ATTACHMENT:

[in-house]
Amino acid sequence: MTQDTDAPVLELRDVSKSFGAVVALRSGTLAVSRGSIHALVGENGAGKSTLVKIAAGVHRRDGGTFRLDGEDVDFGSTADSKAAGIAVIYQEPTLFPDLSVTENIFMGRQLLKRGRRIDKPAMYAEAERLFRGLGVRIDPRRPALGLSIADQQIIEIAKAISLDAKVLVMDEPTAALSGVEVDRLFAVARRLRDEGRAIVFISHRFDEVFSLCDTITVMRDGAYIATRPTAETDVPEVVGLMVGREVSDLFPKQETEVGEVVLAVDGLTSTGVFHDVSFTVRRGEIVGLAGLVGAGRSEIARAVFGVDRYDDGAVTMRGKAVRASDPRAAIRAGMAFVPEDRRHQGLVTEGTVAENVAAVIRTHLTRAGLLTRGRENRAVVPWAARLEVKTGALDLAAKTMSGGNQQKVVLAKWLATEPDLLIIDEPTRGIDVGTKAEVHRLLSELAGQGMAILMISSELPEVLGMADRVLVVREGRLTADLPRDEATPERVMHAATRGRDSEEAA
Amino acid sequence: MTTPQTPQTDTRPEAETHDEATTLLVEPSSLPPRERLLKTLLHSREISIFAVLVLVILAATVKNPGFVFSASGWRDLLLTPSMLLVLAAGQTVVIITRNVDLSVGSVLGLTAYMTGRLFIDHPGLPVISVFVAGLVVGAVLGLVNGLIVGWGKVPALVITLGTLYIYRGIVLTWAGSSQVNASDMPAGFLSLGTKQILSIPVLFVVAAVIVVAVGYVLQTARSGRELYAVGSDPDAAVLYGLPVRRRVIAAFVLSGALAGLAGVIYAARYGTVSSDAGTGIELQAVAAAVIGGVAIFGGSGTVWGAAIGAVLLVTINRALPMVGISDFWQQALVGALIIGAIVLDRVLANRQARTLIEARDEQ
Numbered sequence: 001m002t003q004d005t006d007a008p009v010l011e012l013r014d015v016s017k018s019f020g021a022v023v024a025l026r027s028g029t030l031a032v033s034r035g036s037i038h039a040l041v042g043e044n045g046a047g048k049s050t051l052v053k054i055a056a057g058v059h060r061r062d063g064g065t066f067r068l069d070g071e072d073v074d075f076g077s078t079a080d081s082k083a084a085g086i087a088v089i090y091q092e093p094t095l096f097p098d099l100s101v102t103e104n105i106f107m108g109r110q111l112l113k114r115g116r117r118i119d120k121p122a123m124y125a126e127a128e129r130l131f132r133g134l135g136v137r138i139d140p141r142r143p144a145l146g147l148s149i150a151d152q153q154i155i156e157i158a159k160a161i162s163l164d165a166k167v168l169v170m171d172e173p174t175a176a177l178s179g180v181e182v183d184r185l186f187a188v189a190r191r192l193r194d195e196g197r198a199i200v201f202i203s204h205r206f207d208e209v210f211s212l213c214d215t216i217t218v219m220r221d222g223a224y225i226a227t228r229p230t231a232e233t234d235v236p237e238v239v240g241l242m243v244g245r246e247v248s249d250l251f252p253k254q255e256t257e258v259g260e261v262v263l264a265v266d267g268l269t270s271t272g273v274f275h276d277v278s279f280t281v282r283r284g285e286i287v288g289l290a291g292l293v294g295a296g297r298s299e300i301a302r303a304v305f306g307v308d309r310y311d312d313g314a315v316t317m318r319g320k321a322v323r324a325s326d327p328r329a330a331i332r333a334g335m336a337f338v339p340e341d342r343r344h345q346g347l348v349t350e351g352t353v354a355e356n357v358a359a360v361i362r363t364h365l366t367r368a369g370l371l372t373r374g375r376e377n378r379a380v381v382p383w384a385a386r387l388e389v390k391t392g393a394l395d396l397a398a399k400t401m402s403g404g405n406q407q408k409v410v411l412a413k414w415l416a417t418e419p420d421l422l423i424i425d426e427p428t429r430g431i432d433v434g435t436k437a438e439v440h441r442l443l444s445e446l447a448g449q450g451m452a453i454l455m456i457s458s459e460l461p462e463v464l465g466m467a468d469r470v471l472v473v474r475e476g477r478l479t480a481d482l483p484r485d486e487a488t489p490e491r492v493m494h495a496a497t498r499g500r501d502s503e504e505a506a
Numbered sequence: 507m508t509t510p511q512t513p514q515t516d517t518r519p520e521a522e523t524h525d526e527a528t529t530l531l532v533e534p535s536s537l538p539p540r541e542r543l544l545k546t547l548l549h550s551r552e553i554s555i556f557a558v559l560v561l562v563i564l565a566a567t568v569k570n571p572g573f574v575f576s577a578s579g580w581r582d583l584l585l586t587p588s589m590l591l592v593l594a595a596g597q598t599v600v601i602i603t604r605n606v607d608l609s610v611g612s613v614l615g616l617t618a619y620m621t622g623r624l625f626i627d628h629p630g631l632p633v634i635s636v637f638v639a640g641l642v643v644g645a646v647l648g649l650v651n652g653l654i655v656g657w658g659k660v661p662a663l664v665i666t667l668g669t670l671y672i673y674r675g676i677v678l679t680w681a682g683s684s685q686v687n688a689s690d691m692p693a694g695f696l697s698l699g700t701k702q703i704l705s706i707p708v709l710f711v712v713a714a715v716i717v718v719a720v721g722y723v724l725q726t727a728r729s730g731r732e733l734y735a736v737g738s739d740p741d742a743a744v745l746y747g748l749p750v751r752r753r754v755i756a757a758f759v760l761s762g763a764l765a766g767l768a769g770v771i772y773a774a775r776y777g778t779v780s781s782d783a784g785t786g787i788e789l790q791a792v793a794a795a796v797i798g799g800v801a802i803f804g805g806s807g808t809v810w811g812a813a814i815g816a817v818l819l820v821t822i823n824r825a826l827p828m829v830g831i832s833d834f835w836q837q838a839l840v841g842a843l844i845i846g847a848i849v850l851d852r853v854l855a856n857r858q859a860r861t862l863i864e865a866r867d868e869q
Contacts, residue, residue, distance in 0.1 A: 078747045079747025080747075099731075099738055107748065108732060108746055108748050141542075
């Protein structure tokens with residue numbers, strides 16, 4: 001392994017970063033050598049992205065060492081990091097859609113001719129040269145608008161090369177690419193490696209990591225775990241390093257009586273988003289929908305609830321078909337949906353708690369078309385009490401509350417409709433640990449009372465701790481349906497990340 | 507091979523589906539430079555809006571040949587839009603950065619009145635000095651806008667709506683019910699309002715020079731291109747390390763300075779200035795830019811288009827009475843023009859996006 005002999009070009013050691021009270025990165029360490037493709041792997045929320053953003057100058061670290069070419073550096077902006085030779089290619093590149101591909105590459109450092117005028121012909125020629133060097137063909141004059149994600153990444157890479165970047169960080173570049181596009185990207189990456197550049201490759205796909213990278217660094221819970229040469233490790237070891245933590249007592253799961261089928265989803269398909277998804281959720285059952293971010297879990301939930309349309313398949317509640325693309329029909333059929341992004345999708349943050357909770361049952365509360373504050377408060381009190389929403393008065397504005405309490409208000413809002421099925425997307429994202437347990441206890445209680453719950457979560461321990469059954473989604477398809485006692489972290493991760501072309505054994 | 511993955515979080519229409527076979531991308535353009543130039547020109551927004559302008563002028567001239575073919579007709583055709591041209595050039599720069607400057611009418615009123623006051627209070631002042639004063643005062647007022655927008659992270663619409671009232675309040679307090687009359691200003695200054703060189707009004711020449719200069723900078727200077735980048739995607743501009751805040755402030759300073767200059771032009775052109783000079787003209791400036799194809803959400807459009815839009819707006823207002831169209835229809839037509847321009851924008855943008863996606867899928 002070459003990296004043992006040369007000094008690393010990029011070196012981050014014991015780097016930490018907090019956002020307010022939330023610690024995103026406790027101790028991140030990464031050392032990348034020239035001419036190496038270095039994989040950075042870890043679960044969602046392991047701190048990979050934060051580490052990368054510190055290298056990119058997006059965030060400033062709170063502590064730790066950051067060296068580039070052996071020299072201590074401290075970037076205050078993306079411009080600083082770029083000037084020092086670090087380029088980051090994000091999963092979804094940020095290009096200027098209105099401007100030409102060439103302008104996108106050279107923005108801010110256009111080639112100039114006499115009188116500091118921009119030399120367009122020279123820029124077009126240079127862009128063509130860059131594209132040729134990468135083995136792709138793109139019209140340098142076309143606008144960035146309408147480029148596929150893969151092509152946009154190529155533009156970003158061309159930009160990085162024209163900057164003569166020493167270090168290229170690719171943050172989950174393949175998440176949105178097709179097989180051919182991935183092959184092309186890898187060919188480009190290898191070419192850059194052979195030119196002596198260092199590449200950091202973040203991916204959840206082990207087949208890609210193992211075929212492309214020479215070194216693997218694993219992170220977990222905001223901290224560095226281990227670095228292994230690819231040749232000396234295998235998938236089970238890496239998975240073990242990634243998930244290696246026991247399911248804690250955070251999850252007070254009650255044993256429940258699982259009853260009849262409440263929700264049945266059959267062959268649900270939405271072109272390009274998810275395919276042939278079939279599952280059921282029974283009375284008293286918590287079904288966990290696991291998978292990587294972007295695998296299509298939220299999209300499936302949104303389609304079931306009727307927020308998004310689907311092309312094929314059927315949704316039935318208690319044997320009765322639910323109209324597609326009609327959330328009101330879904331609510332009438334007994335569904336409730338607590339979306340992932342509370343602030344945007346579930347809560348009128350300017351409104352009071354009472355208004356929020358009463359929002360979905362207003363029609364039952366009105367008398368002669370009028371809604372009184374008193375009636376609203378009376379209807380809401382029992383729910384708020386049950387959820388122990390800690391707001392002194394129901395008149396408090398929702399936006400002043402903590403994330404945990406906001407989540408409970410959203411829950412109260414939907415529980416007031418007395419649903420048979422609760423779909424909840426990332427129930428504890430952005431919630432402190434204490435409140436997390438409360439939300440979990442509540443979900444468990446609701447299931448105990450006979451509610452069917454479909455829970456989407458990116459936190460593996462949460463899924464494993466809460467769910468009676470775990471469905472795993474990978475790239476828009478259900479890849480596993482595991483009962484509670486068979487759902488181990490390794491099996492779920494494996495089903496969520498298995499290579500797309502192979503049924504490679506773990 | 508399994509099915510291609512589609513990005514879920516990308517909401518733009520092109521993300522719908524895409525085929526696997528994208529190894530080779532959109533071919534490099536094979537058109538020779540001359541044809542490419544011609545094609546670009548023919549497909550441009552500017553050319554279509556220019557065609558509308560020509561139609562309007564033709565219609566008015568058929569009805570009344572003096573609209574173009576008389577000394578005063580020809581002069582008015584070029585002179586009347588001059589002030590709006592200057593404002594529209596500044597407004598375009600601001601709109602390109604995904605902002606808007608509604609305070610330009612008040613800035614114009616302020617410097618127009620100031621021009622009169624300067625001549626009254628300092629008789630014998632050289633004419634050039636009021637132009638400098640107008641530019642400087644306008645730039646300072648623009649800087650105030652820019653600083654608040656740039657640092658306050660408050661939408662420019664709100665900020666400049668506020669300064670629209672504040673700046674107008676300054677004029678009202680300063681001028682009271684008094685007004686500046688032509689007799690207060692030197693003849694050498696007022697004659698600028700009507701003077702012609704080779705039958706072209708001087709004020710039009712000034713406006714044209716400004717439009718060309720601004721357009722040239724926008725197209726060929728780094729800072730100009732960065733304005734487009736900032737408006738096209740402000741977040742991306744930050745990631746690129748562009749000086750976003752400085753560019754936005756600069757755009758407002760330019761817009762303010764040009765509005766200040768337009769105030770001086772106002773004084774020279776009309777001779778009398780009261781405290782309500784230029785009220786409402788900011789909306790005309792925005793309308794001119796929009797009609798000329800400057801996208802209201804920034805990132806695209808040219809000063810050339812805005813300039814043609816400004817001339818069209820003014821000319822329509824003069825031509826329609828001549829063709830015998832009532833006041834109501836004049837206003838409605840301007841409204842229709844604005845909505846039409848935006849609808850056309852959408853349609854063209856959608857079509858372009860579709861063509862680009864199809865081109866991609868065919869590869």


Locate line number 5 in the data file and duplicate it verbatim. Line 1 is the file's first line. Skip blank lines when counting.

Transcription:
Numbered sequence: 507m508t509t510p511q512t513p514q515t516d517t518r519p520e521a522e523t524h525d526e527a528t529t530l531l532v533e534p535s536s537l538p539p540r541e542r543l544l545k546t547l548l549h550s551r552e553i554s555i556f557a558v559l560v561l562v563i564l565a566a567t568v569k570n571p572g573f574v575f576s577a578s579g580w581r582d583l584l585l586t587p588s589m590l591l592v593l594a595a596g597q598t599v600v601i602i603t604r605n606v607d608l609s610v611g612s613v614l615g616l617t618a619y620m621t622g623r624l625f626i627d628h629p630g631l632p633v634i635s636v637f638v639a640g641l642v643v644g645a646v647l648g649l650v651n652g653l654i655v656g657w658g659k660v661p662a663l664v665i666t667l668g669t670l671y672i673y674r675g676i677v678l679t680w681a682g683s684s685q686v687n688a689s690d691m692p693a694g695f696l697s698l699g700t701k702q703i704l705s706i707p708v709l710f711v712v713a714a715v716i717v718v719a720v721g722y723v724l725q726t727a728r729s730g731r732e733l734y735a736v737g738s739d740p741d742a743a744v745l746y747g748l749p750v751r752r753r754v755i756a757a758f759v760l761s762g763a764l765a766g767l768a769g770v771i772y773a774a775r776y777g778t779v780s781s782d783a784g785t786g787i788e789l790q791a792v793a794a795a796v797i798g799g800v801a802i803f804g805g806s807g808t809v810w811g812a813a814i815g816a817v818l819l820v821t822i823n824r825a826l827p828m829v830g831i832s833d834f835w836q837q838a839l840v841g842a843l844i845i846g847a848i849v850l851d852r853v854l855a856n857r858q859a860r861t862l863i864e865a866r867d868e869q